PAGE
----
(C) the date on which the constitutional right asserted was initially recognized by the Supreme Court, if the right has been newly recognized by the Supreme Court and made retroactively applicable to cases on collateral review; or
(D) the date on which the factual predicate of the claim or claims presented could have been discovered through the exercise of due diligence.
28 U.S.C. § 2244(d)(1).
13. Petitioner's direct appeal concluded on February 25, 2010. State v. Hearns, 989 A.2d 1266 (N.J. 2010). Petitioner's conviction became "final" for habeas purposes upon the expiration of the ninety (90) day period in which he could have sought a petition for certification from the United States Supreme Court, May 26, 2010.
14. AEDPA's one-year statute of limitations therefore expired on May 26, 2011, well before Petitioner filed the instant petition on February 27, 2015.
15. Under 28 U.S.C. § 2244(d)(2), "[t]he time during which a properly filed application for State post-conviction or other collateral review with respect to the pertinent judgment or claim is pending shall not be counted toward any period of limitation under this subsection." In other words, AEDPA's statute of limitations is statutorily tolled during the pendency of any "properly filed" collateral attack in the state courts.
16. A "properly filed" application is one that was accepted for filing by the appropriate court officer and was filed within the time limits prescribed by the relevant jurisdiction. See Pace v. DiGuglielmo, 544 U.S. 408, 416-17 (2005).
17. The Appellate Division concluded that Petitioner did not properly file his PCR application, therefore Petitioner is not entitled to statutory tolling on his federal habeas petition. See ibid.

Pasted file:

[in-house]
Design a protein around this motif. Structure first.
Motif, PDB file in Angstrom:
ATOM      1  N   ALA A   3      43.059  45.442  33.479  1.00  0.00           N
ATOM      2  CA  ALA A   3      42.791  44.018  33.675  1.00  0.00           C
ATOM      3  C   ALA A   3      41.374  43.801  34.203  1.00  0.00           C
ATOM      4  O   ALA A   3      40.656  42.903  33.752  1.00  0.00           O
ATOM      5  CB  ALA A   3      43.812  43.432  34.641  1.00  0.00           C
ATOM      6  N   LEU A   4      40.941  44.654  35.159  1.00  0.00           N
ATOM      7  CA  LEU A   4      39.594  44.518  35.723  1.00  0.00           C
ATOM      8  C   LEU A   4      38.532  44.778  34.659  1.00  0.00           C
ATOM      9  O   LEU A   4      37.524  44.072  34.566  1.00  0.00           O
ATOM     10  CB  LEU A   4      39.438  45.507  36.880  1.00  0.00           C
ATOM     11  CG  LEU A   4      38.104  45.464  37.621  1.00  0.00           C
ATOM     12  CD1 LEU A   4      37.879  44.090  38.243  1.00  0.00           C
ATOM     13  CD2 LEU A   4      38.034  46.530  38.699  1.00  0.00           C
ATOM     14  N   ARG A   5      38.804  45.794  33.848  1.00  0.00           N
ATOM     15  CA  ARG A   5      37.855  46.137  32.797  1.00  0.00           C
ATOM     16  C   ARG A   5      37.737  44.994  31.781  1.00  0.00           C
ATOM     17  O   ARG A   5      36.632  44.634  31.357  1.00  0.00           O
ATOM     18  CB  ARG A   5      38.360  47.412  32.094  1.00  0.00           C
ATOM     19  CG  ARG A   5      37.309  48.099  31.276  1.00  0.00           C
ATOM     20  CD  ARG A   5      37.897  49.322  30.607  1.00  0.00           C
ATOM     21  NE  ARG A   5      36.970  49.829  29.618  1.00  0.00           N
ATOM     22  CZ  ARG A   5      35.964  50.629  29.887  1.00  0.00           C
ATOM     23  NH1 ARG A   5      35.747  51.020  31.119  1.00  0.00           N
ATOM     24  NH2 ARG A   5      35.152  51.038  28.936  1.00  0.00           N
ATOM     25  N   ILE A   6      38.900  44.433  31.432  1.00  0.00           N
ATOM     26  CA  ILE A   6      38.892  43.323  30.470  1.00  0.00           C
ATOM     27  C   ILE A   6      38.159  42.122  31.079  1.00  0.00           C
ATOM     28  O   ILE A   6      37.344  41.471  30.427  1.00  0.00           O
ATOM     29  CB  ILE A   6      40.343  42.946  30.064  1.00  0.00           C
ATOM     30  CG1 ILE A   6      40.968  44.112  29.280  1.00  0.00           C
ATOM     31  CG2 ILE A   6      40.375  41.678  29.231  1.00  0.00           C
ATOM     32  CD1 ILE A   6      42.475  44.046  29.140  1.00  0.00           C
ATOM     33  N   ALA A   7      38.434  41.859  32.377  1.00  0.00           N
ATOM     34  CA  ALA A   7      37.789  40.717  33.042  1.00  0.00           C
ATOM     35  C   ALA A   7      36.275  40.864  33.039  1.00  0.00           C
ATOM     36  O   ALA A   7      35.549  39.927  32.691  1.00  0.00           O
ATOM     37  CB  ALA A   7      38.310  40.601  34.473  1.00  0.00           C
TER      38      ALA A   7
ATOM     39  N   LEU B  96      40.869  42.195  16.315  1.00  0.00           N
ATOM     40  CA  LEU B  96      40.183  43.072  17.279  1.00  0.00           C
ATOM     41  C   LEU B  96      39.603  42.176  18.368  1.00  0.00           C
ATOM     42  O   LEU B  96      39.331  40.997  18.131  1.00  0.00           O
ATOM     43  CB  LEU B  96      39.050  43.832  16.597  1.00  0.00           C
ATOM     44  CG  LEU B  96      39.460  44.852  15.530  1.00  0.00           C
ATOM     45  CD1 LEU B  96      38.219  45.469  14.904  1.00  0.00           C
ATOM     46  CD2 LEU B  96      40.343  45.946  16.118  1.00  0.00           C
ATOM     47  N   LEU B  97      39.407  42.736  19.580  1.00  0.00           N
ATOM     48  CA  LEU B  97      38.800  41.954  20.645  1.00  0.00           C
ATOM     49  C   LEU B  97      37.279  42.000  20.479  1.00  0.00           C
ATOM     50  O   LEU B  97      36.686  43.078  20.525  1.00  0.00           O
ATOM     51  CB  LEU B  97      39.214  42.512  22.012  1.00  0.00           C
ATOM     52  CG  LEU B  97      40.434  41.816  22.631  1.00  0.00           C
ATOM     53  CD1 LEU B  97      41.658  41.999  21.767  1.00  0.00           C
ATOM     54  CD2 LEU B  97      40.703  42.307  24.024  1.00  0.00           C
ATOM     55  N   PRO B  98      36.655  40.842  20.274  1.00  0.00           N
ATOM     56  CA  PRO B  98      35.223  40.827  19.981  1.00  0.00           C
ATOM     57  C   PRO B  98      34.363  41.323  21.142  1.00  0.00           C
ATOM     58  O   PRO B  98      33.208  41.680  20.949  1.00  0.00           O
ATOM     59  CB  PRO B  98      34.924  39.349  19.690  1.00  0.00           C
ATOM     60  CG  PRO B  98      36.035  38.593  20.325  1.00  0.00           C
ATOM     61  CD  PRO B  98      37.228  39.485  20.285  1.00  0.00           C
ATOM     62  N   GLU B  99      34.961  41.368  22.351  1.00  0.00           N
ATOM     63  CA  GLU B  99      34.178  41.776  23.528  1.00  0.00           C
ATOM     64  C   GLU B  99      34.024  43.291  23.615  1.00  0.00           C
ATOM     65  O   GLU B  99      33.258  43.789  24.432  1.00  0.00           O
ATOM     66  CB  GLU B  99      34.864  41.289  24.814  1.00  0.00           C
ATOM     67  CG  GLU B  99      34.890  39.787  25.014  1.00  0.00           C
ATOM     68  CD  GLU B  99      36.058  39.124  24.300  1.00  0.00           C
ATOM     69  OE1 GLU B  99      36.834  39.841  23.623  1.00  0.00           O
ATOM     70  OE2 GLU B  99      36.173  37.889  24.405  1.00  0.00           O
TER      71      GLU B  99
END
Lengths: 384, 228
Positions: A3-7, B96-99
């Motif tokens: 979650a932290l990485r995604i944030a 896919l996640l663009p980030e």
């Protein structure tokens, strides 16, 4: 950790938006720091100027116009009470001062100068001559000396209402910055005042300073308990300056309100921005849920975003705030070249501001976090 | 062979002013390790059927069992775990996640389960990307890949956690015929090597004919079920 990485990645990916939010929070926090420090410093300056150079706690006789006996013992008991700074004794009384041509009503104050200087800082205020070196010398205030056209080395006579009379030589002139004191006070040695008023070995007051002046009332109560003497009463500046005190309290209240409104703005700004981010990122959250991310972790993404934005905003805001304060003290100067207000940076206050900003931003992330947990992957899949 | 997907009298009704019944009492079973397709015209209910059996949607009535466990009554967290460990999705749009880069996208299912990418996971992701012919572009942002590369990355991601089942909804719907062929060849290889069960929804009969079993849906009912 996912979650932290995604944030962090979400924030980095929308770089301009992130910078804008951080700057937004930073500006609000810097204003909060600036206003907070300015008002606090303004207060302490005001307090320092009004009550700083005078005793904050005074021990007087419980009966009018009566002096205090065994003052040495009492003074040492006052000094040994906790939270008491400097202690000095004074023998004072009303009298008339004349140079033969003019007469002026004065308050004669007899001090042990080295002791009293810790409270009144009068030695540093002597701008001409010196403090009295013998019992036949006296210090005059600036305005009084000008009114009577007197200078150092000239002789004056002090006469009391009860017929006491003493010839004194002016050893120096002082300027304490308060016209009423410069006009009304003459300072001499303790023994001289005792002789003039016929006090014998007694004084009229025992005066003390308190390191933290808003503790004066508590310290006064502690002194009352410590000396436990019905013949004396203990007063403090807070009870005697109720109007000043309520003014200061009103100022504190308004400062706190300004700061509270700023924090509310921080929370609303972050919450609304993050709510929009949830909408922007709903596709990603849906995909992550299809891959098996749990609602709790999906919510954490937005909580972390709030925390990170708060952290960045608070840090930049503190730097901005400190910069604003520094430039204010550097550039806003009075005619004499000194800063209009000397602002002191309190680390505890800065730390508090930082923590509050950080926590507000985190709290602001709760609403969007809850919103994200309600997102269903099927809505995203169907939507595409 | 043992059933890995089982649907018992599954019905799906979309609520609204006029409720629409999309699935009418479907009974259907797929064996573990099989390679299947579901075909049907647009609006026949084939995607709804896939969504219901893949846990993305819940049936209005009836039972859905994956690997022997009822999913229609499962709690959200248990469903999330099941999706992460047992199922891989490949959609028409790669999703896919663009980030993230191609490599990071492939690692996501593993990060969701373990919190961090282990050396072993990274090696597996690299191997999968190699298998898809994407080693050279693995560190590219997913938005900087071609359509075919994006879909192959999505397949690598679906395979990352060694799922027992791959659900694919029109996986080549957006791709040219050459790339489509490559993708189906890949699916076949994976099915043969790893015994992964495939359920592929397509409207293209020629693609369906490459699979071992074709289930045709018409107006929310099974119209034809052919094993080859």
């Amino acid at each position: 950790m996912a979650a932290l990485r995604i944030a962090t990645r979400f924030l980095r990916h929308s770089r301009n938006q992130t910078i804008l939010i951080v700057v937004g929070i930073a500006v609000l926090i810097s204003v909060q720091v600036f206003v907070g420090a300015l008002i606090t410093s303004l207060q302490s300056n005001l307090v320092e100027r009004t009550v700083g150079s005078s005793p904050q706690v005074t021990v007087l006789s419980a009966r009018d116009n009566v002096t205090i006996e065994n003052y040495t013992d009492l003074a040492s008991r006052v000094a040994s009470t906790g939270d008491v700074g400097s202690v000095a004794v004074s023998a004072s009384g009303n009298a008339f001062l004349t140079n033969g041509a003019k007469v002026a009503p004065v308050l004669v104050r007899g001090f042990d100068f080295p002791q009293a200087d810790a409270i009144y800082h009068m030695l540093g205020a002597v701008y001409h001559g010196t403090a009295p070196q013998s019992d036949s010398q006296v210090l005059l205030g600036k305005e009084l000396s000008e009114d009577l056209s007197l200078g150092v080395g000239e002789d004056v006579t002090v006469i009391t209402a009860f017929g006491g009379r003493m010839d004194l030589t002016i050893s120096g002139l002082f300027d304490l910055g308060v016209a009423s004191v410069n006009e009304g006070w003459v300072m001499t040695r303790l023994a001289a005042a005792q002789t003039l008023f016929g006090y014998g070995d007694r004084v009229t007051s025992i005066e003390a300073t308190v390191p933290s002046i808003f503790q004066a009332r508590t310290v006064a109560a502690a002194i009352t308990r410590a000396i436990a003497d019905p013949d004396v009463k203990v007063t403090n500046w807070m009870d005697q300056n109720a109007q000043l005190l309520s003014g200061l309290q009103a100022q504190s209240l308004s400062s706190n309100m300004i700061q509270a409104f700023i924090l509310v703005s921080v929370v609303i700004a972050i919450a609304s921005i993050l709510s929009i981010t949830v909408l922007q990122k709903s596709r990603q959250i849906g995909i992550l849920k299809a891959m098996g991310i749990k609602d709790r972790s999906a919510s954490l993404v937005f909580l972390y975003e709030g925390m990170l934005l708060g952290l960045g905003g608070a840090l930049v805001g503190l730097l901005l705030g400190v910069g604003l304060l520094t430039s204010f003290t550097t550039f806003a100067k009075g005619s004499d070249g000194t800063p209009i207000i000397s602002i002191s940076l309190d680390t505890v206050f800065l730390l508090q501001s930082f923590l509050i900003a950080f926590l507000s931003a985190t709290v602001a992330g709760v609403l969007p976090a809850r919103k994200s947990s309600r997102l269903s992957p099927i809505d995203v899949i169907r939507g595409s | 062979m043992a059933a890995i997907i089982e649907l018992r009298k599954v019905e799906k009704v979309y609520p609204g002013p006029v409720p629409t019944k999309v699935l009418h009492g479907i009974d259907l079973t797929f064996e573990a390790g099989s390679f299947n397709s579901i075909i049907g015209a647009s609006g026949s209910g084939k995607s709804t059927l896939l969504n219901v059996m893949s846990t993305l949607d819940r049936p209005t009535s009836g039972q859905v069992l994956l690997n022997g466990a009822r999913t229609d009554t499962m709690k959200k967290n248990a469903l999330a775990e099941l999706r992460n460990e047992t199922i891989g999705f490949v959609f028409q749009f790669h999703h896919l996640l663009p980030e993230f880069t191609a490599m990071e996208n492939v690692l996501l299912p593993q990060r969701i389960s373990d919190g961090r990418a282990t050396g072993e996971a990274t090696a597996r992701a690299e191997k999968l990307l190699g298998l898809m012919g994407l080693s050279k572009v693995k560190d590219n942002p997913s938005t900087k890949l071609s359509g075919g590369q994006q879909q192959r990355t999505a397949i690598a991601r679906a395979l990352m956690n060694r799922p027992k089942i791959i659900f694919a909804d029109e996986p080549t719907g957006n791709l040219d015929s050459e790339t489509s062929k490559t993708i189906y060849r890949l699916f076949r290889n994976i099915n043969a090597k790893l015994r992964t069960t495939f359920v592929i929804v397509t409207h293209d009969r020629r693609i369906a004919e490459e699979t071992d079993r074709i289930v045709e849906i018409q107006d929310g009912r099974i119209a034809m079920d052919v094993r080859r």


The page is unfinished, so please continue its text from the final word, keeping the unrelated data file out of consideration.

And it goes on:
18. However, AEDPA's statute of limitations is subject to equitable tolling in appropriate cases. See Holland v. Florida, 560 U.S. 631, 645 (2010). "Generally, a litigant seeking equitable tolling bears the burden of establishing two elements:
(1) that he has been pursuing his rights diligently; and (2) that some extraordinary circumstance stood in his way." Pace, 544 U.S. at 418.
19. "The diligence required for equitable tolling purposes is reasonable diligence, not maximum, extreme, or exceptional diligence.... A determination of whether a petitioner has exercised reasonable diligence is made under a subjective test: it must be considered in light of the particular circumstances of the case." Ross v. Varano, 712 F.3d 784, 799 (3d Cir. 2013).
20. "The fact that a petitioner is proceeding pro se does not insulate him from the reasonable diligence' inquiry and his lack of legal knowledge or legal training does not alone justify equitable tolling." Id. at 799-800.
21. In analyzing whether the circumstances faced by Petitioner were extraordinary, "the proper inquiry is not how unusual the circumstance alleged to warrant tolling is among the universe of prisoners, ... but rather how severe an obstacle it is for the prisoner endeavoring to comply with AEDPA's limitations period.'" Id. at 802-03 (quoting Pabon v. Mahanoy, 654 F.3d 385, 400 (3d Cir. 2011)) (emphasis in original).
22. "In addition, for a petitioner to obtain relief there must be a causal connection, or nexus, between the extraordinary circumstances he faced and the petitioner's failure to file a timely federal petition." Ibid.
23. In the interests of justice, Petitioner shall be ordered to show cause why his Petition should not be dismissed as untimely under 28 U.S.C. § 2244(d)(1).
24. Any response by Petitioner shall state with specificity any facts that may entitle him to equitable tolling of the statute of limitations.